I thought the Mouseketeer role call ending of the first episode of this season was the worst, but the shouting exposition while floating in a void segments in this one have proved that notion to be incorrect.
posted by jordemort at 4:22 PM on November 16, 2021 [1 favorite]

Thanks for posting, EmpressCallipygos. This season has been so meh that I just didn't feel like watching the episode at all, and then once I did I didn't feel like posting, because what is this script soup that we are being served? It's like time and space are at war with each other and nothing makes any sense or something.

On the upside, Bel seems like a cool new character (though her unborn child sending emoji is creepy).
posted by mumkin at 5:28 PM on November 16, 2021

I got the sense that we weren't really supposed to understand yet.
posted by wierdo at 5:31 PM on November 16, 2021

I mean, it doesn't really make less sense than the whole Black Guardian/White Guardian thing, and that was overseen by Douglas Adams and is often thought of as peak Classic Who. Expecting Doctor Who to make sense is a big ask. I'm riding along hoping they retcon the Doctor being the First Timelord and the whole Timeless Child nonsense, but it probably won't happen.

If you want sense in your scifi, the Expanse is back Dec 10.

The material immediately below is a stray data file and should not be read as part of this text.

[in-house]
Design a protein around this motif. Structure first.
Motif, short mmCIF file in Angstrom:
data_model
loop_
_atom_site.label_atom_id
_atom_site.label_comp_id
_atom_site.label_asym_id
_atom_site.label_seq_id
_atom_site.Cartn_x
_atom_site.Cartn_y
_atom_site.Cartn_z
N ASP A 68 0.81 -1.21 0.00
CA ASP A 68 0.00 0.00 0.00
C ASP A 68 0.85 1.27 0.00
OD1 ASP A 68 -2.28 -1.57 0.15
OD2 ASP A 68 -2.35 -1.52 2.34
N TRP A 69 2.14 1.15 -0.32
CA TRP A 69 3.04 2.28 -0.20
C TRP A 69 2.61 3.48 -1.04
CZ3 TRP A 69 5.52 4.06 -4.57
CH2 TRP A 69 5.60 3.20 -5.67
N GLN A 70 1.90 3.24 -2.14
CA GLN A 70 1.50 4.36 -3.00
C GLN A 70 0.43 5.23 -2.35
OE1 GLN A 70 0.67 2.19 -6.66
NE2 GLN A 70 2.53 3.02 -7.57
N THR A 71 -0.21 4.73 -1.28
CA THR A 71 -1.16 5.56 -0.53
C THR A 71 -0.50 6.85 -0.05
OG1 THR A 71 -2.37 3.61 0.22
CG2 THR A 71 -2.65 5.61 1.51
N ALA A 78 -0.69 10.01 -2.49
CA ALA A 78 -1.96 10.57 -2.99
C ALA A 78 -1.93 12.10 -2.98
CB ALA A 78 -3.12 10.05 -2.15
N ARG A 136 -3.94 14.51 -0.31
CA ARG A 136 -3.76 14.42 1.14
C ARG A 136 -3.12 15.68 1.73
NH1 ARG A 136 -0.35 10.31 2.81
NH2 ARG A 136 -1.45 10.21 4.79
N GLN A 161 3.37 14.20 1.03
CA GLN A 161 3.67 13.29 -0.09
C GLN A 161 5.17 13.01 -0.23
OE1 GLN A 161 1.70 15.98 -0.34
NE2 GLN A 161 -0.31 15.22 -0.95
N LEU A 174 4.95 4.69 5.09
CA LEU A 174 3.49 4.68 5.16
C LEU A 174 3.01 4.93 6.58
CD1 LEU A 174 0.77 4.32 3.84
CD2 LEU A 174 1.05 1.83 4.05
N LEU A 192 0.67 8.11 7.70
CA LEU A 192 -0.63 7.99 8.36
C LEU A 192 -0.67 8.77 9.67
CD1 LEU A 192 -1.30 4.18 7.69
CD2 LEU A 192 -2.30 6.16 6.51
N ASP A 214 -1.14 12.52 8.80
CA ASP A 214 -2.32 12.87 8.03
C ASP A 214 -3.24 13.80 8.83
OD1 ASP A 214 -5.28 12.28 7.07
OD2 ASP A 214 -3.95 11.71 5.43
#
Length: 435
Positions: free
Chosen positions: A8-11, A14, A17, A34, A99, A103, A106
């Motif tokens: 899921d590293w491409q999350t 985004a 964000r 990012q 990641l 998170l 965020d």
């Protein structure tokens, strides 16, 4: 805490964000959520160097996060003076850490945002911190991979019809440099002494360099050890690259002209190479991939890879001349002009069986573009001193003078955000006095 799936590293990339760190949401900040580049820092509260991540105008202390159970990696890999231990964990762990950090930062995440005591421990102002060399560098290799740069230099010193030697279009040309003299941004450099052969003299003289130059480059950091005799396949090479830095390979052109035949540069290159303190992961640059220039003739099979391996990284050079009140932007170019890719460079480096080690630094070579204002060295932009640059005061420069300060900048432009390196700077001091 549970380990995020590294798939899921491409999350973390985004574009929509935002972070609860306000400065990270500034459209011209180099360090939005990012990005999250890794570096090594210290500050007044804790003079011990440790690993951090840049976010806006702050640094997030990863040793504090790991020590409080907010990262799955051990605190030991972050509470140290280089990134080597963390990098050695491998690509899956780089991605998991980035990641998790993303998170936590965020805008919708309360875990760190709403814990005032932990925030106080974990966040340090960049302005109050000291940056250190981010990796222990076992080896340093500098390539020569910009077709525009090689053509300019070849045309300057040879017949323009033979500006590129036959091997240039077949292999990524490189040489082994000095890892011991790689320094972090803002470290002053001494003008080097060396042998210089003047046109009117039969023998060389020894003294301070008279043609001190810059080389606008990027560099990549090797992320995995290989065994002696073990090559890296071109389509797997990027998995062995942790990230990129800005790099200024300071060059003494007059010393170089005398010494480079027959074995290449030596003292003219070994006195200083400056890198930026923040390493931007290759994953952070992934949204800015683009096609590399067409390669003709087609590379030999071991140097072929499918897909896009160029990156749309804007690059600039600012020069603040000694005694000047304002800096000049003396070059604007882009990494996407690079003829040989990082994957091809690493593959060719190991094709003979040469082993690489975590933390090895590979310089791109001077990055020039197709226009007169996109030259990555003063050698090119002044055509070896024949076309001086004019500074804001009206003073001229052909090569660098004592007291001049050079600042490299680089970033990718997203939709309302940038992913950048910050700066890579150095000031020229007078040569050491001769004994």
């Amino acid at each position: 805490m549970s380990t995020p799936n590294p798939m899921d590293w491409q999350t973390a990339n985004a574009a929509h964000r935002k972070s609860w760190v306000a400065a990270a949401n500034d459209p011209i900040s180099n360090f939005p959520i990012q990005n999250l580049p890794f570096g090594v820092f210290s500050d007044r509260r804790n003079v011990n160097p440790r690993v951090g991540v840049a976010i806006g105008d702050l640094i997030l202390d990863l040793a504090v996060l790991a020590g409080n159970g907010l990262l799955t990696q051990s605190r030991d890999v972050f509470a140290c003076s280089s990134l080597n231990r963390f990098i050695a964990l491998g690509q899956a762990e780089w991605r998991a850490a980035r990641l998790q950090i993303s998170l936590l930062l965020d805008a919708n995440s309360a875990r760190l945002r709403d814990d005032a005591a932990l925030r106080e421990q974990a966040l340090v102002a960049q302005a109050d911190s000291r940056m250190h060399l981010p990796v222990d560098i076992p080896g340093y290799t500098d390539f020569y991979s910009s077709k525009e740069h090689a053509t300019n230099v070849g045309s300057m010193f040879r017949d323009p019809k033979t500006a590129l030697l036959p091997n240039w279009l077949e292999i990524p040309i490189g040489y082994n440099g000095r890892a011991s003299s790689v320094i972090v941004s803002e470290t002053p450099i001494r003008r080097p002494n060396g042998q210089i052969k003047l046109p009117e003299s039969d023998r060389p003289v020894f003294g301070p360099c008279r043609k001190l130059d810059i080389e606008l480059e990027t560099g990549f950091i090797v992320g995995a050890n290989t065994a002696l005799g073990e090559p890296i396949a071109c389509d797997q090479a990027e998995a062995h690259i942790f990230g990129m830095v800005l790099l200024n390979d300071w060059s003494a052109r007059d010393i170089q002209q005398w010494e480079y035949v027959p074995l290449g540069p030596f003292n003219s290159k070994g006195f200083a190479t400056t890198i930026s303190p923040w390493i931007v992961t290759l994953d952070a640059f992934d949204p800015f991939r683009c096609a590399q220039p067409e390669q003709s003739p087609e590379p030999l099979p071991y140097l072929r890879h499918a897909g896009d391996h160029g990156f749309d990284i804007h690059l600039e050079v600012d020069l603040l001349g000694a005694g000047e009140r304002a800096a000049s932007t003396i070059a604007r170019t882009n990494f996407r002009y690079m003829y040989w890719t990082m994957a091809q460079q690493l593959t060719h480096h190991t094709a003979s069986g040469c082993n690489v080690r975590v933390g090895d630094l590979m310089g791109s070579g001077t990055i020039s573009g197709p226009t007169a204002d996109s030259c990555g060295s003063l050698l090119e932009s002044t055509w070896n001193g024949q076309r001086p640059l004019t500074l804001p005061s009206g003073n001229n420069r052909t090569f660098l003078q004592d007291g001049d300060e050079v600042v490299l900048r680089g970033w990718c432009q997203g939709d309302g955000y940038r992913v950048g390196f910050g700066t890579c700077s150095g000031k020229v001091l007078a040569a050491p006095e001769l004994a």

posted by rikschell at 5:57 PM on November 16, 2021 [5 favorites]

Chibnall sure likes his exposition. Yeesh.
posted by Blue Jello Elf at 7:50 PM on November 16, 2021

I think the challenge with this season is that while its important that a long-running and super-refreshable series like Doctor Who survives and thrives by embracing wherever modern television is at, the creators have picked an approach that doesn't work so well for Doctor Who - a binged multi-part series.

Bingeworthiness is the trend for 2020s television - in comicbook terms, many shows are now 'written for the trade'. Shows which you can watch over a weekend, where every cliffhanger is resolvable (or satisfactory ending renewed) at the click of a 'next episode' is peak television and what we want for most shows.

But I feel this doesn't work for Doctor Who, which as a BBC institution with a weight of some tradition and where every story can be different, will always be released periodically (described negatively as 'drip based') to (a) stretch out its cultural impact (relative at least to budget) and (b) enhance the show by giving viewers space for the transitions between (ideally) utterly unique settings/casts/concepts to work (and fans a week to chat and analyse and speculate).

So the result of trying to make a purposefully bingeworthy Doctor Who season so far has unfortunately been the incomprehensible smashing together of several different stories, and any sense of progress or resolution delayed for weeks and weeks. Each Monday morning (Australian time) I've streamed the show and been instantly lost, and can't get a grip on what's and who's important and going to provide me with payoff today, and what isn't.